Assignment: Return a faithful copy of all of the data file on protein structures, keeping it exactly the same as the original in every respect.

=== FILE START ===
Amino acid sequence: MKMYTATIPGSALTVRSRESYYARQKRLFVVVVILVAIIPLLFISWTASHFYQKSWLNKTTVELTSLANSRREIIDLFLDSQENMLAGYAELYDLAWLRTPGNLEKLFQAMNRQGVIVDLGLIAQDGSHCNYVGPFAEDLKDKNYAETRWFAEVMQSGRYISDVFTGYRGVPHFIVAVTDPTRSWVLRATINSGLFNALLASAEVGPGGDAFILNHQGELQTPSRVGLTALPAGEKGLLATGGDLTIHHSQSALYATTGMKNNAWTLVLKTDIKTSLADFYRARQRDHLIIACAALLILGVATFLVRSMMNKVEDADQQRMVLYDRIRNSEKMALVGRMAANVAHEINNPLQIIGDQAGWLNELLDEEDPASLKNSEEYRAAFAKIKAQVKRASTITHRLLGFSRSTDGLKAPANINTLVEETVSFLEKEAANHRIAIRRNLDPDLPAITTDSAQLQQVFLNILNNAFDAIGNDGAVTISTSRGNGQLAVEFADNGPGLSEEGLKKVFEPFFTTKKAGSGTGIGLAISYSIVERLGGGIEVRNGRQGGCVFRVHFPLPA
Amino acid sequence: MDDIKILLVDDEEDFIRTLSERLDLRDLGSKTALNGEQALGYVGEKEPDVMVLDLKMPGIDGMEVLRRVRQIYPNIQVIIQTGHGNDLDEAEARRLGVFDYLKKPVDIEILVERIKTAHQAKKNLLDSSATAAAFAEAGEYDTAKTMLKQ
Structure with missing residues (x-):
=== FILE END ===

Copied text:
Amino acid sequence: MKMYTATIPGSALTVRSRESYYARQKRLFVVVVILVAIIPLLFISWTASHFYQKSWLNKTTVELTSLANSRREIIDLFLDSQENMLAGYAELYDLAWLRTPGNLEKLFQAMNRQGVIVDLGLIAQDGSHCNYVGPFAEDLKDKNYAETRWFAEVMQSGRYISDVFTGYRGVPHFIVAVTDPTRSWVLRATINSGLFNALLASAEVGPGGDAFILNHQGELQTPSRVGLTALPAGEKGLLATGGDLTIHHSQSALYATTGMKNNAWTLVLKTDIKTSLADFYRARQRDHLIIACAALLILGVATFLVRSMMNKVEDADQQRMVLYDRIRNSEKMALVGRMAANVAHEINNPLQIIGDQAGWLNELLDEEDPASLKNSEEYRAAFAKIKAQVKRASTITHRLLGFSRSTDGLKAPANINTLVEETVSFLEKEAANHRIAIRRNLDPDLPAITTDSAQLQQVFLNILNNAFDAIGNDGAVTISTSRGNGQLAVEFADNGPGLSEEGLKKVFEPFFTTKKAGSGTGIGLAISYSIVERLGGGIEVRNGRQGGCVFRVHFPLPA
Amino acid sequence: MDDIKILLVDDEEDFIRTLSERLDLRDLGSKTALNGEQALGYVGEKEPDVMVLDLKMPGIDGMEVLRRVRQIYPNIQVIIQTGHGNDLDEAEARRLGVFDYLKKPVDIEILVERIKTAHQAKKNLLDSSATAAAFAEAGEYDTAKTMLKQ
Structure with missing residues (x-):